I exercise that mindfulness and understanding when I look at the stains in my carpet. There is space for the positive spins, of course; for thinking of how grateful I am that I have a family to make messes with, that my daughter feels so encouraged to express herself, that my partner is so supportive - particularly when I am in pain - and carries cooking and cleaning responsibilities, too... Sure, I can take a moment to find my breath and look on the very bright side of every woe, but this in itself took time, practice, and preparation. At first, such an approach often sent me spinning into guilt, shame, and blame spirals for "needing to be reminded to feel grateful," or for feeling any resistance to gratitude when I know I am so fortunate to even have a home to live in, let alone be messy in. I needed to prime my Self for the positive. I had to first hold space for the grief I felt over my aches, pains, and the limitations they inflict. I had to practice single-tasking, which is no easy feat, and work through the shadows that made me feel as though less than two things being done at a time is laziness - again, not if it's you....only me. I had to see that for what it was...a habit. My habit of not cutting my Self an inch of slack anywhere, and demanding extra when I was really hurting. For what reason? As a "screw you" to my inflammation? I only screwed my Self.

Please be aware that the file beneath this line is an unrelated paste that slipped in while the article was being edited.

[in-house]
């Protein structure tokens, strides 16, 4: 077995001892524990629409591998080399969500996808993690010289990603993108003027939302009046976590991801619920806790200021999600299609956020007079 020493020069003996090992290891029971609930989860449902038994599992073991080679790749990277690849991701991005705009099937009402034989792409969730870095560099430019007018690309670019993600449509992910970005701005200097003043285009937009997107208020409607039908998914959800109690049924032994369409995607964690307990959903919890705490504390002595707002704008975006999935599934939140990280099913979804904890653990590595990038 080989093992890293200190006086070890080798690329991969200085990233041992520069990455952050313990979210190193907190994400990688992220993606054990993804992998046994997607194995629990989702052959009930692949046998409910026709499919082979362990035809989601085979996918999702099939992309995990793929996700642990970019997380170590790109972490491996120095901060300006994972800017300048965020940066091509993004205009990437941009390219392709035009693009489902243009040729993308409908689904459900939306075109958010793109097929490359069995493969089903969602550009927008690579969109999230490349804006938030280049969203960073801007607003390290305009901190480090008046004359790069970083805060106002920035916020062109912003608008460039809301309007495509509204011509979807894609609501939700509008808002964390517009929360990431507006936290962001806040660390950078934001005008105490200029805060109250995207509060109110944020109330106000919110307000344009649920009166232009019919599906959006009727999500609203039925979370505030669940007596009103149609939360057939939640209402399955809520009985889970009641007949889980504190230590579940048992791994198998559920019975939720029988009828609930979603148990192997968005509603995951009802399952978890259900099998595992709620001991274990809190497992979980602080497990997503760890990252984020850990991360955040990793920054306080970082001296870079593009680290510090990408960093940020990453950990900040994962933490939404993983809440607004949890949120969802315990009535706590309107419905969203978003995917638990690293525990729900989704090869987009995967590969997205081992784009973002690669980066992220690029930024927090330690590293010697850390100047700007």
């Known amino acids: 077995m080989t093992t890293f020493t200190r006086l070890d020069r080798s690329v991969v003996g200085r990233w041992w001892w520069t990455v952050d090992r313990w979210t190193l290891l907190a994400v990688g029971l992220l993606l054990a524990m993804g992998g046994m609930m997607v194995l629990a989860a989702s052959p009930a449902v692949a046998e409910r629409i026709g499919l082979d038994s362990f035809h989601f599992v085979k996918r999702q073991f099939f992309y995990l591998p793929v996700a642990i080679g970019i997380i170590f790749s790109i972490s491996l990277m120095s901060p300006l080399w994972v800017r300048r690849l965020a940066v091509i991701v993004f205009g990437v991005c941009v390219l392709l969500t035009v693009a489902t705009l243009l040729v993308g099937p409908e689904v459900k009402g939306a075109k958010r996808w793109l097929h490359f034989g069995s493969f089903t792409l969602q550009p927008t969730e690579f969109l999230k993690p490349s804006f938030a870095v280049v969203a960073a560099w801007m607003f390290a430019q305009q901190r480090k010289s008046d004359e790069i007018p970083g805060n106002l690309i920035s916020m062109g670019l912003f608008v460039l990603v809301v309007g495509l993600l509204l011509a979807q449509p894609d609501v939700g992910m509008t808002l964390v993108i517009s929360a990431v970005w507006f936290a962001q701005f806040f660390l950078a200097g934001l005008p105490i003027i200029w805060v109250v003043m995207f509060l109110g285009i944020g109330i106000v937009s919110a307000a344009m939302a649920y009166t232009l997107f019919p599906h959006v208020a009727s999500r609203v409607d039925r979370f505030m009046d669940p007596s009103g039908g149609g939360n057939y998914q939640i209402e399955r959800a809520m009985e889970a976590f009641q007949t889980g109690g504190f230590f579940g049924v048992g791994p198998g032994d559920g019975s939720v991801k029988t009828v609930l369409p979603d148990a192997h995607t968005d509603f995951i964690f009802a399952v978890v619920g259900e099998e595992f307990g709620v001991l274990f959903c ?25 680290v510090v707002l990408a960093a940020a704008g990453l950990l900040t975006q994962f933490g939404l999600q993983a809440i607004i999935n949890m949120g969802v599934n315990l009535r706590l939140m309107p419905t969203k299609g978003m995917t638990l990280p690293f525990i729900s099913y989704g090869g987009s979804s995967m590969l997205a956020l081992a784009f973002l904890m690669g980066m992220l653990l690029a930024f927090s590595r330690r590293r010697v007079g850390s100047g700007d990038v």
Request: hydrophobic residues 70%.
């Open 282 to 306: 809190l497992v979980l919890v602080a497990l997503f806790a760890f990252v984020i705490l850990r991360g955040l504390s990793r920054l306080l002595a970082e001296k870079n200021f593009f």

Now when I see my carpet stains, when I see Bordeaux the Brontosaurus and black paint paw prints in my living room and pine needles by the front door, I take the opportunity to practice self-compassion. I ask my Self, "What do I want my life to be about? What example do I want to set for anyone who walks through the front door? Do I want them to be full of judgment and shame or warmth and space?" After all, I set the example for my own treatment when I choose to welcome someone into my home as opposed to apologizing for its condition. My focus decides my focus, and my attitude decides the attitude of others regarding that focus. I can say with the upmost enthusiasm that life is far more enjoyable when not constantly being disgusted with one's Self because some outdated belief dictates the suppression of human-ness. To be human with another, one must first be human with their Self.

How does this all resonate with you? Do you show others more kindness, understanding, and patience than you show your Self? Does the idea of showing your Self more compassion and grace sound easy or challenging? How will your life better when you respond to your own human-ness the way you do others? Perhaps you have a few questions and could use a little helping getting started. Book your free Discovery Session with me today, and let's see where you can apply some self-compassion, and how you can find a little more appreciation for life's carpet stains.